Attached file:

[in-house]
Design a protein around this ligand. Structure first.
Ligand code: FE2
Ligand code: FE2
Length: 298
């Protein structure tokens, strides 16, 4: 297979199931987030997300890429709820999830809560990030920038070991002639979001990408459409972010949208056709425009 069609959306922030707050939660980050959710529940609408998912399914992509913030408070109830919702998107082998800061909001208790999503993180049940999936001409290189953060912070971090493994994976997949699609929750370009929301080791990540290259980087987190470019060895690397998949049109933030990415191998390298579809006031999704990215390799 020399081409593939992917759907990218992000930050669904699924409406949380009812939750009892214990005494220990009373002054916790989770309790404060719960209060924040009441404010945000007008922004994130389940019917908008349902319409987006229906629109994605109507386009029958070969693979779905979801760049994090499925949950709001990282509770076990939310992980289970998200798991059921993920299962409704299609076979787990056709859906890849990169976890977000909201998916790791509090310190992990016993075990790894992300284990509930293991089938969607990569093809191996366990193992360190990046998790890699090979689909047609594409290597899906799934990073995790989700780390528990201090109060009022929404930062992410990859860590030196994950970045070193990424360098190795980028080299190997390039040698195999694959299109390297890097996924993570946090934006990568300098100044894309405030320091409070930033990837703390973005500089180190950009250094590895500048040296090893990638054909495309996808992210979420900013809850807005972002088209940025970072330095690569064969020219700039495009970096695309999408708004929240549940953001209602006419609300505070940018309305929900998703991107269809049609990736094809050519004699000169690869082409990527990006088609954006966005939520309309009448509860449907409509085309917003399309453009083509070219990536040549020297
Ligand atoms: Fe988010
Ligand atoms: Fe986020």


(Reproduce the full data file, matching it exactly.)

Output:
[in-house]
Design a protein around this ligand. Structure first.
Ligand code: FE2
Ligand code: FE2
Length: 298
């Protein structure tokens, strides 16, 4: 297979199931987030997300890429709820999830809560990030920038070991002639979001990408459409972010949208056709425009 069609959306922030707050939660980050959710529940609408998912399914992509913030408070109830919702998107082998800061909001208790999503993180049940999936001409290189953060912070971090493994994976997949699609929750370009929301080791990540290259980087987190470019060895690397998949049109933030990415191998390298579809006031999704990215390799 020399081409593939992917759907990218992000930050669904699924409406949380009812939750009892214990005494220990009373002054916790989770309790404060719960209060924040009441404010945000007008922004994130389940019917908008349902319409987006229906629109994605109507386009029958070969693979779905979801760049994090499925949950709001990282509770076990939310992980289970998200798991059921993920299962409704299609076979787990056709859906890849990169976890977000909201998916790791509090310190992990016993075990790894992300284990509930293991089938969607990569093809191996366990193992360190990046998790890699090979689909047609594409290597899906799934990073995790989700780390528990201090109060009022929404930062992410990859860590030196994950970045070193990424360098190795980028080299190997390039040698195999694959299109390297890097996924993570946090934006990568300098100044894309405030320091409070930033990837703390973005500089180190950009250094590895500048040296090893990638054909495309996808992210979420900013809850807005972002088209940025970072330095690569064969020219700039495009970096695309999408708004929240549940953001209602006419609300505070940018309305929900998703991107269809049609990736094809050519004699000169690869082409990527990006088609954006966005939520309309009448509860449907409509085309917003399309453009083509070219990536040549020297
Ligand atoms: Fe988010
Ligand atoms: Fe986020």